The bell jangled merrily above my head as I opened the door. I cringed at the loud sound, stepping into the diner and gazing around. The room was filled with red vinyl booths, crowded against stained tables. There were bar stools lined up against the counter and a jukebox sat in a lonely corner, silent. The lights were fluorescent and the wallpaper was flowery, littered with framed photos and newspaper articles. This is not what I had expected, walking in here.
A waitress flew past me, her long, blonde hair trailing behind her from a high ponytail. She threw me a harried smile in passing.
“Be right with you!” She trilled chirply, but I could hear an undertone of panic. I was curious, because as I looked around, there was only one table occupied by two ladies and a lone man sitting at the counter, nursing a mug of coffee.
I shrugged to myself, taking myself to a booth in the corner. I sat with my back against the wall, so that I could easily watch the room and its occupants. The women were three tables away from me and one of them was laughing obnoxiously loud while her friend seemed to be ducking her head down, almost in embarrassment? I wondered what they could be laughing at but the thought was interrupted by the loud lady’s eyes following the waitress, a smirk curling her red, painted lips.
Suddenly, her eyes flew to me, our stares clashing. She fell silent, the smile falling off her lips and, after a moment, her gaze dropping to stare at the table. Her friend looked over her shoulder, trying to discern what had caught the other woman’s attention. She saw me, gasped and quickly spun to face the other way again.
I turned away from the ladies, my gaze staring out the dirty window next to me and a frown tugging at my own lips. I wondered what the hell was going on but quickly decided it was all in my head. It was usually all in my head.
“What can I getcha?” A perky voice suddenly said, and I swung around to peer at the waitress. My eyes travelled up from her worn, white skates up to the cocked hip, covered in a bright pink pleated skirt. A garish yellow blouse, covered in a stained white apron, was tucked into the waistband and buttoned up to the white collar that looked like it could be pinching her neck. It was a terrible uniform.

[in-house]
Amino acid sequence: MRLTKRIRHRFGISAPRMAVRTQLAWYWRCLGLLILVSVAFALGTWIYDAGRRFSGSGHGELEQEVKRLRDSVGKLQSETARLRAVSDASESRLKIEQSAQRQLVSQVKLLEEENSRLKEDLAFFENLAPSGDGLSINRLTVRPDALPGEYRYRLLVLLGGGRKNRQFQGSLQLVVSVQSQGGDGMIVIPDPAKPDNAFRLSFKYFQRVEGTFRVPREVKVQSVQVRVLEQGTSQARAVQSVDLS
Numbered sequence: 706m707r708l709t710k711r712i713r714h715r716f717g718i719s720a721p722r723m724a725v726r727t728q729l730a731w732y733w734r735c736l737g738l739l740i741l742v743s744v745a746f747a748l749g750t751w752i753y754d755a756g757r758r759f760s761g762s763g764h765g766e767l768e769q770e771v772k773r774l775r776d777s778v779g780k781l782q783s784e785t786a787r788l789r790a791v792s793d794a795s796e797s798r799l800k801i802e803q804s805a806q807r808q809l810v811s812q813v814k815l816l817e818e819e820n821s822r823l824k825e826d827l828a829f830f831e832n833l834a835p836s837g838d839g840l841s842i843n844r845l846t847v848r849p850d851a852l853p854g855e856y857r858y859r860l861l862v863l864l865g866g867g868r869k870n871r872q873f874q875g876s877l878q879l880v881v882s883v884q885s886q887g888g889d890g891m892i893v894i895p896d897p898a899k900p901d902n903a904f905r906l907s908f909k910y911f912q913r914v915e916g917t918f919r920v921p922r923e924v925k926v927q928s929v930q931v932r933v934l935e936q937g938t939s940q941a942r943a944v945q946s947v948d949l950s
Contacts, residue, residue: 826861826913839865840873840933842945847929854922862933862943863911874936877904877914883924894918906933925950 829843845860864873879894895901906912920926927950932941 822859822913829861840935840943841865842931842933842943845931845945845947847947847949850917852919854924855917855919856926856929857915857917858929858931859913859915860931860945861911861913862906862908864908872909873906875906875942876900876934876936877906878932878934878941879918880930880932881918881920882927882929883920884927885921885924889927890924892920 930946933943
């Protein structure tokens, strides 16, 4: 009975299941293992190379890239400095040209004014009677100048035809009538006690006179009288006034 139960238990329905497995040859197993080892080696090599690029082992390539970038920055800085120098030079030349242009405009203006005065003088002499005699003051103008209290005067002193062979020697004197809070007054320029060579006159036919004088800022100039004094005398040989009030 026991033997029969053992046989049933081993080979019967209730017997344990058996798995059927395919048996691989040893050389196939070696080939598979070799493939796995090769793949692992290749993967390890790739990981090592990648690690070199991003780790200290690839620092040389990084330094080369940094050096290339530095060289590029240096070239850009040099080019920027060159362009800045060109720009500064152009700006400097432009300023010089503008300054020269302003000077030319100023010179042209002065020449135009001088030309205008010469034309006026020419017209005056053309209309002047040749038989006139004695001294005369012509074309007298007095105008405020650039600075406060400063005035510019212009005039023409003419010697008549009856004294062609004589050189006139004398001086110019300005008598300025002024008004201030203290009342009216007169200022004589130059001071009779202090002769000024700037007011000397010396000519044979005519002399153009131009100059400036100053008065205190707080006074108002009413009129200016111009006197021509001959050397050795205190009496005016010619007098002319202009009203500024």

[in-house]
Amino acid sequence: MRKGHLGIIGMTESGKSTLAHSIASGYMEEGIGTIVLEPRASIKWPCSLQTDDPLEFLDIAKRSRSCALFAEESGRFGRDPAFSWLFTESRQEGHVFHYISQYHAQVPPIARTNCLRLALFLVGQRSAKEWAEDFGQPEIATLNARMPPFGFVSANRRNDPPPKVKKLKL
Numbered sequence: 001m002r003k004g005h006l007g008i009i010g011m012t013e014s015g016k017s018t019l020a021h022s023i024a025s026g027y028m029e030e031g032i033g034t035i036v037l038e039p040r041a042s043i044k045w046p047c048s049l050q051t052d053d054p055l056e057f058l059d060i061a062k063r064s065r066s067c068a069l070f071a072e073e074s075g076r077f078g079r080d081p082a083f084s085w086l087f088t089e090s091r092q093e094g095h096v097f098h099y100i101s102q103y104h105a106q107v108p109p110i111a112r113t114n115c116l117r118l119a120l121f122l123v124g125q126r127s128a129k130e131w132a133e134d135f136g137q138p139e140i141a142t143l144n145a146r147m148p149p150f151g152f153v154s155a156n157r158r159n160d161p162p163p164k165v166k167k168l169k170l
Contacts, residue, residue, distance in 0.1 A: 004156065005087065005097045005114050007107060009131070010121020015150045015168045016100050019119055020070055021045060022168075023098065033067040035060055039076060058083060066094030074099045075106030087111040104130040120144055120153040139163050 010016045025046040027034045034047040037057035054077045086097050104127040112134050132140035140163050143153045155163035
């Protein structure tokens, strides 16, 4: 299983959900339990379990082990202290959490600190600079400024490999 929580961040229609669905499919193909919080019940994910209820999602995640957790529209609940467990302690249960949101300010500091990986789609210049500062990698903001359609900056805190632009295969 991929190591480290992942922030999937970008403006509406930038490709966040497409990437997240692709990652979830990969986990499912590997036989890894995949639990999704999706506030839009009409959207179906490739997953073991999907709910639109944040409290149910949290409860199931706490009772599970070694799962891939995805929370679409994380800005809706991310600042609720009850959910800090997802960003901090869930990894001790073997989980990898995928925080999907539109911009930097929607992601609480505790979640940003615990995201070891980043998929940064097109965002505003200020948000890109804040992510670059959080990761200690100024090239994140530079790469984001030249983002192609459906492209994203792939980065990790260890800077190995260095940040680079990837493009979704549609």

I don’t know how much time had passed while I assessed her, but I became aware of a raised eyebrow and a smile threatening to slip with impatience. She tapped her pencil against her notepad, waiting.
“Just coffee. Black, please.” I finally said, clearing my throat awkwardly.
“Absolutely!” The smile was back full force, so bright that I almost felt the need to blink. She whirled away, her skates rolling easily on the tile linoleum. My gaze followed her, watching as she easily grabbed a clean mug and a pot of filter coffee, her movements efficient as if she’d does countless times. She was back record time, plopping the mug delicately down in front of me and then pouring the steaming liquid into it.
“Is your shift nearly over?” The question left my lips without permission, making me frown. I didn’t really want to know that. It was like when asked someone how they were and expected, or hoped, for the trite reply of ‘fine’. I looked up at the waitress warily, hoping she wouldn’t take my question as an invitation. I found her own eyes on me, watching intently. Her head was tilted to the side as she studied my face, her eyes curious.
“Nearly over?” She shook her head, a tendril of hair escaping the ponytail and flying around her face. “No, I don’t think so.” I floundered for a moment, not knowing how to respond to the unexpected response.
“Uh, okay. So… it’s a 24 hour diner then?” I queried before mentally hitting myself in the head. What was I doing? I didn’t want to start this conversation in the first place!
“I guess you could say that,” she said wryly, a twinkle in her eye. “I guess it depends on if your brain ever shuts off.” Before I could reply, she had turned and rolled off with a flounce of her pleated skirt. I stared after her, disconcertment strong as I mulled over her words in my head. As I watched, all the other diners stood in unison and, without looking around, moved to leave the diner. I watched until the bell had finished chiming, the door closing shut firmly behind them. Quiet settled over the diner. I couldn’t hear any music, any sounds coming from the kitchen… nothing.
Suddenly, the waitress was next to my table, her appearance sudden and silent. I stared up at her, her face stern.
“I-I thought you said this was a 24 hour place?” I stammered, leaning back as she bent to refill my coffee that I don’t recall drinking.
“Why is everyone leaving then? It looks like you’re closing.”
She glanced towards the door and then back at me, confusion filling her face.
“You’re the one who made them leave.”
“Excuse me? I didn’t say anything to them!”She shrugged, looking tired as she leaned one palm down on the table, as if she needed to take the weight off her feet. “You always make people leave at this time of night. Never me, though.” The last was said in a whisper of sound. “I never get to leave.”